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Charles City man loses appeal in child-murder case
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Charles City man loses appeal in child-murder case

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A Charles City man convicted of the murder and sexual abuse of his 3-year-old relative will remain behind bars after the state appeals court upheld a lower court's rejection of his request to revisit his conviction.

Edgar Concepcion Jr., who was 14 at the time of the murder of Krystel Banes of Charles City in July 2009, was sentenced to life in prison without the possibility of parole in November 2010.

Concepcion

Edgar Concepcion Jr. enters Floyd County District Court on Feb. 4, 2016, for his resentencing on first-degree murder and first-degree sexual abuse convictions.

A US Supreme Court ruling in 2014 regarding penalties for those convicted of serious crimes as juveniles required Concepcion Jr. to be re-sentenced. He received life with the possibility of parole in February of 2016, and remains in state prison.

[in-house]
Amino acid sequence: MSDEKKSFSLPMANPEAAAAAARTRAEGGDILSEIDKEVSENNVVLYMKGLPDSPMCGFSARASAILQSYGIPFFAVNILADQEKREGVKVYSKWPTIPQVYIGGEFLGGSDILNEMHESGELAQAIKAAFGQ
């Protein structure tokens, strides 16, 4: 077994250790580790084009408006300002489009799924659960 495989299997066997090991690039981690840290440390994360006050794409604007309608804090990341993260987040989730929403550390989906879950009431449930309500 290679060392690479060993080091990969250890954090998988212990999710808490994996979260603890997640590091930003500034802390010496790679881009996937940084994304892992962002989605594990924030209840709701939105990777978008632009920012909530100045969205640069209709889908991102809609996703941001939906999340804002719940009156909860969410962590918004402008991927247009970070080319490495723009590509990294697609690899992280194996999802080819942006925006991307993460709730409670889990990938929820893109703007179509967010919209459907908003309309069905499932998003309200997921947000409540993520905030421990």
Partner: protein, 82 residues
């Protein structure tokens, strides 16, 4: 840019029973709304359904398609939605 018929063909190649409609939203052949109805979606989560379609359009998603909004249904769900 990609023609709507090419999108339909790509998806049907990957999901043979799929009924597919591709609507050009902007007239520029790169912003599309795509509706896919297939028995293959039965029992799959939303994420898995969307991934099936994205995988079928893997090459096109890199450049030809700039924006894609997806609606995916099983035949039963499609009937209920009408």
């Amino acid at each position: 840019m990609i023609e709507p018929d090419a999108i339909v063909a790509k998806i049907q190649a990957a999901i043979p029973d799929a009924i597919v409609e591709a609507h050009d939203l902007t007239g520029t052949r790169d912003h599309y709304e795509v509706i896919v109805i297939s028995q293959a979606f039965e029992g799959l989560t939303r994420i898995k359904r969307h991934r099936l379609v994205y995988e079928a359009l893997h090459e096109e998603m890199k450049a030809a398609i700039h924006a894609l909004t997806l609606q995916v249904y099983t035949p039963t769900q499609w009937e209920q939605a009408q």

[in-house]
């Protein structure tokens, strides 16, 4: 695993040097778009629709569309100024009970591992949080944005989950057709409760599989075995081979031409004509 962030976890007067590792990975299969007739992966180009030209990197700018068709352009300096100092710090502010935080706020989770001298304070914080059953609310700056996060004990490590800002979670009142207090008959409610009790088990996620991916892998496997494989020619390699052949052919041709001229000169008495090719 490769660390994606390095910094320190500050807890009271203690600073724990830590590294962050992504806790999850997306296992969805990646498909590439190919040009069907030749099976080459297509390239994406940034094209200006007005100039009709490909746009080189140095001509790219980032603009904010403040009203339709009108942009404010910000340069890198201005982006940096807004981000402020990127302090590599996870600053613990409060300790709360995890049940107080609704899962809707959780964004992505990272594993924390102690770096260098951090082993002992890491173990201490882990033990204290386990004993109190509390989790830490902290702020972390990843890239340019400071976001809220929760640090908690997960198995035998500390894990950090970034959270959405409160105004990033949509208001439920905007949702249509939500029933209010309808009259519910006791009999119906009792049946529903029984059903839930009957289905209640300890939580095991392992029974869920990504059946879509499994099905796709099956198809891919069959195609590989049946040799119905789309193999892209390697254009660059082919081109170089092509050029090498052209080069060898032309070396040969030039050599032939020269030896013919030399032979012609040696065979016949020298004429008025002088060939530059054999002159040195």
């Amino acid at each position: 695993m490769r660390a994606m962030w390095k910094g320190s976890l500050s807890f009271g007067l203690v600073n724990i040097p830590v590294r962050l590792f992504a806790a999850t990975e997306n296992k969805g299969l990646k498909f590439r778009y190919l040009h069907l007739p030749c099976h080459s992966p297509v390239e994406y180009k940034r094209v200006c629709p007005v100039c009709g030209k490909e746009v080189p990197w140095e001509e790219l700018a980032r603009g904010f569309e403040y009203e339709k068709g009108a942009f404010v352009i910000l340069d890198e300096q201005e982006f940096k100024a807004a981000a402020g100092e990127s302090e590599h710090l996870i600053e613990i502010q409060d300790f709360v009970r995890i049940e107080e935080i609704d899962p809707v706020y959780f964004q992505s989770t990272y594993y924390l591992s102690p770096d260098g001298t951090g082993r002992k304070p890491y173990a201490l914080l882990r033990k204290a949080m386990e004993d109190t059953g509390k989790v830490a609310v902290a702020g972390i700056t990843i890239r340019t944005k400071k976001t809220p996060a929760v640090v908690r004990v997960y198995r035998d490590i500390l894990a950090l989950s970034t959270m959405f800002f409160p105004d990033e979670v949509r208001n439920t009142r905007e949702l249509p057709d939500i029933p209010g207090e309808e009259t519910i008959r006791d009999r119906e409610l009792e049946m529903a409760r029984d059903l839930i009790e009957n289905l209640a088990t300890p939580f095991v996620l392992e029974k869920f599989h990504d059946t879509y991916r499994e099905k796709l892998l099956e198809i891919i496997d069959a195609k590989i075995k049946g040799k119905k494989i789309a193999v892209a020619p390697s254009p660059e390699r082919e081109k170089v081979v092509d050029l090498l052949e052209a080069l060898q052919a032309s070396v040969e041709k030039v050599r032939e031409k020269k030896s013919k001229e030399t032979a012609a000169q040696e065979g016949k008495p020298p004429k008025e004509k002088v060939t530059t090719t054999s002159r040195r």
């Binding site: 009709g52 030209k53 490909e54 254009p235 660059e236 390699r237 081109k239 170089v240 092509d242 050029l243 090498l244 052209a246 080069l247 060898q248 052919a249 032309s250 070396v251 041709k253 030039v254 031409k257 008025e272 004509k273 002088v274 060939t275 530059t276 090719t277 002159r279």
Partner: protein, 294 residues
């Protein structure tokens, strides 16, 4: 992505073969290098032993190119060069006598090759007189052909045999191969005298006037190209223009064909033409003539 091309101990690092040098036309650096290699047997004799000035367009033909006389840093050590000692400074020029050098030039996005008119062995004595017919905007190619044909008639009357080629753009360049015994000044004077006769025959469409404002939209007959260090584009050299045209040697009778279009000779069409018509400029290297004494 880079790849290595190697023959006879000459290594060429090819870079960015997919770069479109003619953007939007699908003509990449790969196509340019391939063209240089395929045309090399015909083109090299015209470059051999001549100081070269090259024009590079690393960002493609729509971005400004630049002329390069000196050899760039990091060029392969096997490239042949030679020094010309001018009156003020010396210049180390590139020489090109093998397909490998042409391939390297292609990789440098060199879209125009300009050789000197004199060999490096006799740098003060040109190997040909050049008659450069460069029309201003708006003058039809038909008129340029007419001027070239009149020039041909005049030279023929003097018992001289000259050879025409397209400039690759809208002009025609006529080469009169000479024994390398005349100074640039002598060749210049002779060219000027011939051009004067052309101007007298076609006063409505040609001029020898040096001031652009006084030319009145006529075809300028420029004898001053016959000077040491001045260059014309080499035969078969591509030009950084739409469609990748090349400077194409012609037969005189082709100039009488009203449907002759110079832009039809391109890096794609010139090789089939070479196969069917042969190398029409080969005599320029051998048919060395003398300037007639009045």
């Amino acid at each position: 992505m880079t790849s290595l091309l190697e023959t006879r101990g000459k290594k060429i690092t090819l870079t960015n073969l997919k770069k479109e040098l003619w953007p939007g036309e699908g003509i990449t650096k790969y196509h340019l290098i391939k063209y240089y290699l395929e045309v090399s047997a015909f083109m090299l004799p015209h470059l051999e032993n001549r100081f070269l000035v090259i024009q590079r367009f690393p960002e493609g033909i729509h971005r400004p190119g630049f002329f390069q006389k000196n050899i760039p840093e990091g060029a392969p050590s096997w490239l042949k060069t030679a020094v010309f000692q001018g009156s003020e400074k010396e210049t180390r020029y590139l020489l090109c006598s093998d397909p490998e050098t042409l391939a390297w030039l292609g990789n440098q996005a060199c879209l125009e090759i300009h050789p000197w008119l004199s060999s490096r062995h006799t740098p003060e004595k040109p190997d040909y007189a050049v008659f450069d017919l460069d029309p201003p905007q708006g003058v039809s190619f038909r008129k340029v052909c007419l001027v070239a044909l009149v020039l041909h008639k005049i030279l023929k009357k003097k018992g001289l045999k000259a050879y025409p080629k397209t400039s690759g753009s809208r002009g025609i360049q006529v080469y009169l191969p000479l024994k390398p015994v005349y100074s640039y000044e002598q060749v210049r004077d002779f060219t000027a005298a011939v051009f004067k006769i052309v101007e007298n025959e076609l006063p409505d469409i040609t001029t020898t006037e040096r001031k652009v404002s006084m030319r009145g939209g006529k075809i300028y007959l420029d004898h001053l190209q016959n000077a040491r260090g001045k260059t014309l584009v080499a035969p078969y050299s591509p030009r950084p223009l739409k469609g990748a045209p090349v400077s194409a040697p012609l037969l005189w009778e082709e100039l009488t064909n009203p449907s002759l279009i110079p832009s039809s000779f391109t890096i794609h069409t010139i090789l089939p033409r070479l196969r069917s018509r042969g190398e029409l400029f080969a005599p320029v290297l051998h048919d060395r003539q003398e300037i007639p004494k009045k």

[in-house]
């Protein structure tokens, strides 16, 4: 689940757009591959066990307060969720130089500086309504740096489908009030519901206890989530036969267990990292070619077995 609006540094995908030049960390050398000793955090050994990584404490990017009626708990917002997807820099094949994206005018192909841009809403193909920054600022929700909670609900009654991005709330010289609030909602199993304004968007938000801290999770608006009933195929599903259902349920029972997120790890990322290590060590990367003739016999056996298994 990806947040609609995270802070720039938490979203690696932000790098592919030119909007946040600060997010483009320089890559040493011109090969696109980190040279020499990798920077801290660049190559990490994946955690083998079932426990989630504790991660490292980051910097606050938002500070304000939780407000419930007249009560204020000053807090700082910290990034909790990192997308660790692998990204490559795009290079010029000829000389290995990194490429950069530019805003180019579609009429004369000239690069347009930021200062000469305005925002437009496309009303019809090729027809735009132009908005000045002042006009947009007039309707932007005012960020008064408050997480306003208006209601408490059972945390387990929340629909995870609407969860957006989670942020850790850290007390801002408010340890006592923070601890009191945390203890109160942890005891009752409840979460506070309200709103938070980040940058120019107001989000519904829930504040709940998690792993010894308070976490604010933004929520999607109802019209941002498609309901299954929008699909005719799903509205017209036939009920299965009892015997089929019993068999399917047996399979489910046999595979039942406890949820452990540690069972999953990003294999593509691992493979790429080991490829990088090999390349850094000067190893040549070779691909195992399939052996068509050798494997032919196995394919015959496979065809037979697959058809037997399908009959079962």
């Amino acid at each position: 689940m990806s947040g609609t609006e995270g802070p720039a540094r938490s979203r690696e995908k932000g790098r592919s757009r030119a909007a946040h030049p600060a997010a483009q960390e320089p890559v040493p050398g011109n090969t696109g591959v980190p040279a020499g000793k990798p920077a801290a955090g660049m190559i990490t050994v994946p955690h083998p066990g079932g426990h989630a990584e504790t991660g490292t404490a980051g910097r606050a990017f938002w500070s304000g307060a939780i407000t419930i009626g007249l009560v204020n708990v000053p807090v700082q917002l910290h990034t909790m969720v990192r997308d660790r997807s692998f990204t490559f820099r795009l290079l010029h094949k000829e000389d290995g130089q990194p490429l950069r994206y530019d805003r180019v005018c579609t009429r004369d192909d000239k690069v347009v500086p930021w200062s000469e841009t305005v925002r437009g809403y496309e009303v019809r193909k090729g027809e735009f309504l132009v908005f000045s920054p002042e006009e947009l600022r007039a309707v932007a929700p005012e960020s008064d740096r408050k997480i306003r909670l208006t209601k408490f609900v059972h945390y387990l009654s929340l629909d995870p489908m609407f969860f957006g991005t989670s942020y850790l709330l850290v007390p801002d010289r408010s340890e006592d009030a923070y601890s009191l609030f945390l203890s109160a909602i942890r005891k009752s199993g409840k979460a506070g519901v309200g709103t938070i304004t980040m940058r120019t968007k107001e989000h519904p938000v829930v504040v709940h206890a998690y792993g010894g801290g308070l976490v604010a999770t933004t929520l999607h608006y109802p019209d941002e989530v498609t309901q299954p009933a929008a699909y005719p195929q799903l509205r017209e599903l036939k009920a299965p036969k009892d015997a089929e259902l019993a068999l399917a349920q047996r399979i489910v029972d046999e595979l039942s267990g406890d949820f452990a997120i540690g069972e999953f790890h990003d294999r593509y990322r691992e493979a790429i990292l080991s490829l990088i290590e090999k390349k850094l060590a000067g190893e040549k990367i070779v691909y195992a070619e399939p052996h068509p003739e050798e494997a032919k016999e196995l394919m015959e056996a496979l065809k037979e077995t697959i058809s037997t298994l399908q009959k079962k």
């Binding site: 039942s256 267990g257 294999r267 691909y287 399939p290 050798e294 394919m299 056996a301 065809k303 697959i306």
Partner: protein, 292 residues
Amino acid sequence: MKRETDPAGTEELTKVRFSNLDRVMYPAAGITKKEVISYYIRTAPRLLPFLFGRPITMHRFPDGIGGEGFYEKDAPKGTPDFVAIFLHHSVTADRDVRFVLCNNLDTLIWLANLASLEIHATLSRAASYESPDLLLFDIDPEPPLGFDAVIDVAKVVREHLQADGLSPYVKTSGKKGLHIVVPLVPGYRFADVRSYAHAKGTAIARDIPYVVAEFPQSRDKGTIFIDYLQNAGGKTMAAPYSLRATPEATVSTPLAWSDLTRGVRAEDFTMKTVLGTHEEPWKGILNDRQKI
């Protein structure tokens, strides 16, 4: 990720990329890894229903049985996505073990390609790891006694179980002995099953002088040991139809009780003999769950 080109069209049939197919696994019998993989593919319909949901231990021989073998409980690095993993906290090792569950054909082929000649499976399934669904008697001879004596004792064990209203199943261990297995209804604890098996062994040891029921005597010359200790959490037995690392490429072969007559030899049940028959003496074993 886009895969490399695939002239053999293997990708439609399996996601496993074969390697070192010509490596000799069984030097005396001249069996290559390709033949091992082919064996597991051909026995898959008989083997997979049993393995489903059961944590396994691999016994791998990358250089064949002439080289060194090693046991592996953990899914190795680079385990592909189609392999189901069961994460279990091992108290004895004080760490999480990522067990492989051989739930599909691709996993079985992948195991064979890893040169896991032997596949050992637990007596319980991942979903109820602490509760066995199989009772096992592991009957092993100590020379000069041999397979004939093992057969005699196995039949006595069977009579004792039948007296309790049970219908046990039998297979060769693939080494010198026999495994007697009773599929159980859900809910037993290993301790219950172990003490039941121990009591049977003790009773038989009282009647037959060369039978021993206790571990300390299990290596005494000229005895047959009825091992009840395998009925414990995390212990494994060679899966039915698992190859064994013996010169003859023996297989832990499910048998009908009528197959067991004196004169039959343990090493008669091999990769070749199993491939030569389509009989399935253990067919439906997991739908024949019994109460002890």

Concepcion appealed his conviction on the grounds that new evidence cleared him of wrongdoing, that his lawyer failed to challenge the court's determination that he was competent to stand trial, and that his trial attorney was ineffective, among other claims.

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Floyd County District Court Judge Colleen Weiland denied his claims. On Wednesday, the Court of Appeals of Iowa upheld Weiland's decision.

Writing for the court, Justice Anuradha Vaitheswaran noted that for a court to weigh in on the innocence of a convicted criminal, new evidence must be presented that could not have come to light during the trial. The evidence Concepcion's attorney presented was new expert testimony and did not qualify, according to the ruling.

As for Concepcion's competency, a deposition made by his attorney noted she did not think he was incompetent and therefore didn't request an evaluation. A child psychiatrist came to a similar conclusion, according to court documents. This same psychiatrist also noted that though Concepcion spent most of his life before coming to Iowa in the Phillippines, and that English was his second language, he understood enough to communicate and understand the proceedings, according to Vaitheswaran's ruling.

Two other arguments, related to Banes' cause of death and whether Concepcion was incorrectly placed in detention as a juvenile were also rejected initially by the district court and also on appeal.

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